4. They Don’t Negotiate Correctly. When I say “correctly”, that’s assuming you will always try to negotiate. What you pay for a vehicle is where the money is made. Period.
There is no set amount you should get the buyer down on price. The key is knowing the price you need to pay for the car before you even get there.
For me, my goal for every car I flip is to buy it with the potential to make $2000. That doesn’t mean I make $2000 on every car I sell, but it should at least be a possibility.
Occasionally a deal will be priced so well you won’t be able to negotiate at all. I recently bought a Jeep that I only got the seller down on price $100.
That Jeep was priced so well I didn’t need to get the seller down. I was the first person to call so he let me look at it first. He had five other people that had made him full price offers by the time I got there. It would have been stupid of me to think I had to get him down on price.
I paid him $6400 on the spot. I sold it three days later for $10,500.
While the above profit isn’t typical, it’s not unattainable.
Remember that you make money at the buy. Know what the car is worth. Make an offer. Buy the car. Flip it.
5. They Avoid Cars That Need Work. Buying cars that need work can be a gold mine if done correctly.
Finding deals isn’t always easy. That’s due in part to the fact that you’re not the only one looking for those deals.
That’s the beauty of vehicles that need work. They’re less desirable, especially to the owner who just wants it out of their driveway.
But what if you’re not mechanically inclined?
I do a lot of my own repair work, but I have never personally overhauled an engine, painted a vehicle, or replaced a transmission. But I buy vehicles with these types of issues all the time.
I can do that because I have a great mechanic. He’s actually a retired guy that does work on the side. He’ll replace most engines and transmissions for around $300.
So when I see a 2004 Ford Explorer with 134,000 miles that has a bad transmission, I know the labor to replace it would be $300. I then check car-part.com to see how much the transmission will cost. An Explorer transmission can easily be bought for around $600 (I’ve paid as little as $400).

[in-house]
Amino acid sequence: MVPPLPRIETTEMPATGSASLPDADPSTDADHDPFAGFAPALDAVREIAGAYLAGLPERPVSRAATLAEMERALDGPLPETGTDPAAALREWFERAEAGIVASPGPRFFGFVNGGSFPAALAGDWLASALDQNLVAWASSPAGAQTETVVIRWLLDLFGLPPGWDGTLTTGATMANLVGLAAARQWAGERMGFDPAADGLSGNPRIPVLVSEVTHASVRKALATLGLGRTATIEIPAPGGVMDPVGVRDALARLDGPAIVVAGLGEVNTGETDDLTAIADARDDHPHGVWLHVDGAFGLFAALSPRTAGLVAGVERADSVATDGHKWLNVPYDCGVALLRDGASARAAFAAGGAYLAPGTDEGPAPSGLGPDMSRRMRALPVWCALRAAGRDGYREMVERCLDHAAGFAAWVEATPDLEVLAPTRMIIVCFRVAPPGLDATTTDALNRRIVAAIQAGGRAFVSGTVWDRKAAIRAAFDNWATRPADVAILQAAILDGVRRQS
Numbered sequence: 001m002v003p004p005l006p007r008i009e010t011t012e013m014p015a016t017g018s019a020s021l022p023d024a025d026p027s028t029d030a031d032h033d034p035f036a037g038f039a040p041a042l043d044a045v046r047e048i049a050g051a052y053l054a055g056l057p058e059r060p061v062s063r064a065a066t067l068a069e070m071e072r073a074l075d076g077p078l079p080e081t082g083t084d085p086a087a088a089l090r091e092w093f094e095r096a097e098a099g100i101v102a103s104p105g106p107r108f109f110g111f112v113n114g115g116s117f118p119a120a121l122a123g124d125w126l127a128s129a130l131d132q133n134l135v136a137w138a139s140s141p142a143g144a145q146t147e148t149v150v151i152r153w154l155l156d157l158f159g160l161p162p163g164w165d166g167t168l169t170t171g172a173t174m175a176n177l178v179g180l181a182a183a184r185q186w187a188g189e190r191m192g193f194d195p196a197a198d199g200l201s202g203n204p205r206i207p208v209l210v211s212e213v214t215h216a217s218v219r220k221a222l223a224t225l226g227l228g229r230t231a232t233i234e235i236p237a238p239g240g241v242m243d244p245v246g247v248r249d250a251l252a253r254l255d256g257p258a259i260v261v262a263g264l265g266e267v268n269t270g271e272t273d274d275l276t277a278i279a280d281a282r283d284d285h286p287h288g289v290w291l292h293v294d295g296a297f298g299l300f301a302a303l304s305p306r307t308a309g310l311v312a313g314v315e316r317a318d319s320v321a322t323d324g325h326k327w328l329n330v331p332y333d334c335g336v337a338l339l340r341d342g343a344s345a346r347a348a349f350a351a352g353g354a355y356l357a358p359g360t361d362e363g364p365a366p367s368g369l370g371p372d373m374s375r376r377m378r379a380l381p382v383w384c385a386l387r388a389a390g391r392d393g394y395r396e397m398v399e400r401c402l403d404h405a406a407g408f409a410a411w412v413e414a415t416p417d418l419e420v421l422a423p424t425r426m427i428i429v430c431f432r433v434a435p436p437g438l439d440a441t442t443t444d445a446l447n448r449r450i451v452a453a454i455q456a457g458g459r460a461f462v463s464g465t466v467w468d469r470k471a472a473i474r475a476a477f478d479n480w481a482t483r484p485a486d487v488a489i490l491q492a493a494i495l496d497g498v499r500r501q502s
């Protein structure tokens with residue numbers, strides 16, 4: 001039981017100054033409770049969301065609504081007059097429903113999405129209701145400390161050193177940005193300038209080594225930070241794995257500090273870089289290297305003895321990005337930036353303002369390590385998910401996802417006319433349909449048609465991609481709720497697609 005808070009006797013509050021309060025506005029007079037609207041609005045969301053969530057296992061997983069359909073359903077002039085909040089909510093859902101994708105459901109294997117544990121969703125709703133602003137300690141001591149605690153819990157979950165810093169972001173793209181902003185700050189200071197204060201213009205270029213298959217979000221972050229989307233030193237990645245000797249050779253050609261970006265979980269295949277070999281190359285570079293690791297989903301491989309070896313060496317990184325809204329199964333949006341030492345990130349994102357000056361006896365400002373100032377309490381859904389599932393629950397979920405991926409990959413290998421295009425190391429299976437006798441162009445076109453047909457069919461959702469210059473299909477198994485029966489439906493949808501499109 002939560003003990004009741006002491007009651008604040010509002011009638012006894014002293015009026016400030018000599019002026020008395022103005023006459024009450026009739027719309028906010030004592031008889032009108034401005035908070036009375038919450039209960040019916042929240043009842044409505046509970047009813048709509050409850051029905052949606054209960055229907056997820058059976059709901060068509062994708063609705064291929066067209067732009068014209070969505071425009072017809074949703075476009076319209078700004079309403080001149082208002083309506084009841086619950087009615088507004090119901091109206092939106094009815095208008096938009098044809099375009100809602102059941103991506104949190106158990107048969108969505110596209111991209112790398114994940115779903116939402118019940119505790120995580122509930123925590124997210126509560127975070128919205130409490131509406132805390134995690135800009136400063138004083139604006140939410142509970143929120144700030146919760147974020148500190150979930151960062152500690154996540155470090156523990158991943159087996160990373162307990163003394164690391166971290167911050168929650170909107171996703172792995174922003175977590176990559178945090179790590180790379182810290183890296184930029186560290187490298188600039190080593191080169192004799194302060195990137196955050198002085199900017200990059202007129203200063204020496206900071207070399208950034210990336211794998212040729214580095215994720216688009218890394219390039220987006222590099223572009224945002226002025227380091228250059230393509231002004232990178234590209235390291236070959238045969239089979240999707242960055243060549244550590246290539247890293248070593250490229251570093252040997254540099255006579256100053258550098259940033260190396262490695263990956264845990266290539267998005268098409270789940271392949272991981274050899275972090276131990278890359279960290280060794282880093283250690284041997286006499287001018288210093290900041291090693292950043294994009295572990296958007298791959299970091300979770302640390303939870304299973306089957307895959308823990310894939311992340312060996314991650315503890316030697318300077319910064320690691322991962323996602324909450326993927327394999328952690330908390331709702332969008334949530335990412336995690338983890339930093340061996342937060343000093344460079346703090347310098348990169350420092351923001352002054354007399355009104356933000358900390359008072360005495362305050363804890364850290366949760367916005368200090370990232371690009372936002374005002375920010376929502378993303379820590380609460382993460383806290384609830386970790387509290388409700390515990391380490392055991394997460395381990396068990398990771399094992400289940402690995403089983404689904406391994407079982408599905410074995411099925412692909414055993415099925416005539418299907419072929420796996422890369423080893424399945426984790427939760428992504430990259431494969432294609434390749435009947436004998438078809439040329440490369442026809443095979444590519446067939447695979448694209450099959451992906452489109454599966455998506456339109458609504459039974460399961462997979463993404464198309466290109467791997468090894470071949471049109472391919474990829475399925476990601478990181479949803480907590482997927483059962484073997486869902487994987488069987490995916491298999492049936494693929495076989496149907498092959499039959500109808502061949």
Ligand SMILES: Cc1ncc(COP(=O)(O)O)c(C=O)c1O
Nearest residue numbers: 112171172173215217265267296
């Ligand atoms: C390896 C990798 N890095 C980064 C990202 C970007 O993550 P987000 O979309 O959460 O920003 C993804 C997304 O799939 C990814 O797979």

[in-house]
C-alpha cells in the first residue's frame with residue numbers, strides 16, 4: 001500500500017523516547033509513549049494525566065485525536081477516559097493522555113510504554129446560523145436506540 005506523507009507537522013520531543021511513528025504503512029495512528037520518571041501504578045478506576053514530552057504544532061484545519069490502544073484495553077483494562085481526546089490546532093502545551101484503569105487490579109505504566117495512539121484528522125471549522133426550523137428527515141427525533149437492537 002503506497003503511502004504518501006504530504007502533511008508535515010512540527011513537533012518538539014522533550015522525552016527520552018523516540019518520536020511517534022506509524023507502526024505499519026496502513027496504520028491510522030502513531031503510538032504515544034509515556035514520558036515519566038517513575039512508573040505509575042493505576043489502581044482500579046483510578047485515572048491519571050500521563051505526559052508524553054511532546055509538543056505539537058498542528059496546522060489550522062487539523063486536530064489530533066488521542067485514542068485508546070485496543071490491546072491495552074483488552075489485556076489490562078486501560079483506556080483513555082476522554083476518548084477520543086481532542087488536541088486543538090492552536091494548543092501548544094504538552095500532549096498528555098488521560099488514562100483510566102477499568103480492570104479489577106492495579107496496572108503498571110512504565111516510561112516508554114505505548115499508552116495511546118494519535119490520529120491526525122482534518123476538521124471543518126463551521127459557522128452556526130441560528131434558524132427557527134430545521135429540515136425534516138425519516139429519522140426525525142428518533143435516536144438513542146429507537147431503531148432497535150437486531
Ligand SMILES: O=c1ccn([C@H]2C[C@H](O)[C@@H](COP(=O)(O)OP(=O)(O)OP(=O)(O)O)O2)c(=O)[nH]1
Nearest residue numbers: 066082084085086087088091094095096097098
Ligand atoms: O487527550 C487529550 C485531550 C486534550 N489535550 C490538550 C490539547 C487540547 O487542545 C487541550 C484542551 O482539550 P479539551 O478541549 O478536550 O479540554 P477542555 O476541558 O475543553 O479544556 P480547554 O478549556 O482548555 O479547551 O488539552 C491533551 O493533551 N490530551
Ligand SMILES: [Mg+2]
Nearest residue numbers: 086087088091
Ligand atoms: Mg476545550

Going with the $600 price on the transmission and the $300 labor to install, I would have a total repair bill of $900.
I’ve bought Explorers like this for $500. Using that number my total investment would be $1400. That vehicle should easily sell for $3500. Netting a $2000 profit.
The key is finding a reliable mechanic that works reasonably. This will generally be a mechanic that does work on the side, not a big name garage that charges by the hour.
A great resource for finding a good mechanic is to ask a used car dealer who they use. They know people that do work cheap. I know this because that’s how I found many of the people I currently use for repairs.
I hope this list helps you avoid these common mistakes people make when buying and selling cars for profit.
The only people that can’t make extra cash flipping cars are those that are too afraid to start. You can do this. I’m here for you if you’re just starting out.
I was freaking out on the inside while I was buying my first car, but I’m so glad I did.
I wouldn’t be where I am today if I hadn’t.
Is there something you have a question about? Feel free to ask in the comments below!